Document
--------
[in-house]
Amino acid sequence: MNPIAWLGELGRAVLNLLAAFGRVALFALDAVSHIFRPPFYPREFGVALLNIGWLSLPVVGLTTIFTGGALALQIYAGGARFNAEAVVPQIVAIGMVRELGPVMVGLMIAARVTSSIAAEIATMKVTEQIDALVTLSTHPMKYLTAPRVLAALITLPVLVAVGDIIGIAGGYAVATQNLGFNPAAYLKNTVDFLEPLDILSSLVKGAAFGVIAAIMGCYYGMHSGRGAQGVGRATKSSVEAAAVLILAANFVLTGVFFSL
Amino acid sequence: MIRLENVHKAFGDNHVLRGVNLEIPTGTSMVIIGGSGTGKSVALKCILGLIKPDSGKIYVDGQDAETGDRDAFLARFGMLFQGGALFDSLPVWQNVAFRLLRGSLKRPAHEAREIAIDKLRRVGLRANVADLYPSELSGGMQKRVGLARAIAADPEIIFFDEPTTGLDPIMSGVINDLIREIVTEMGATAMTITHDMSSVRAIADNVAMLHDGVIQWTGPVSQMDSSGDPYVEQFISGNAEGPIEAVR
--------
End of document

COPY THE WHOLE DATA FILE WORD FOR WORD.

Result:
[in-house]
Amino acid sequence: MNPIAWLGELGRAVLNLLAAFGRVALFALDAVSHIFRPPFYPREFGVALLNIGWLSLPVVGLTTIFTGGALALQIYAGGARFNAEAVVPQIVAIGMVRELGPVMVGLMIAARVTSSIAAEIATMKVTEQIDALVTLSTHPMKYLTAPRVLAALITLPVLVAVGDIIGIAGGYAVATQNLGFNPAAYLKNTVDFLEPLDILSSLVKGAAFGVIAAIMGCYYGMHSGRGAQGVGRATKSSVEAAAVLILAANFVLTGVFFSL
Amino acid sequence: MIRLENVHKAFGDNHVLRGVNLEIPTGTSMVIIGGSGTGKSVALKCILGLIKPDSGKIYVDGQDAETGDRDAFLARFGMLFQGGALFDSLPVWQNVAFRLLRGSLKRPAHEAREIAIDKLRRVGLRANVADLYPSELSGGMQKRVGLARAIAADPEIIFFDEPTTGLDPIMSGVINDLIREIVTEMGATAMTITHDMSSVRAIADNVAMLHDGVIQWTGPVSQMDSSGDPYVEQFISGNAEGPIEAVR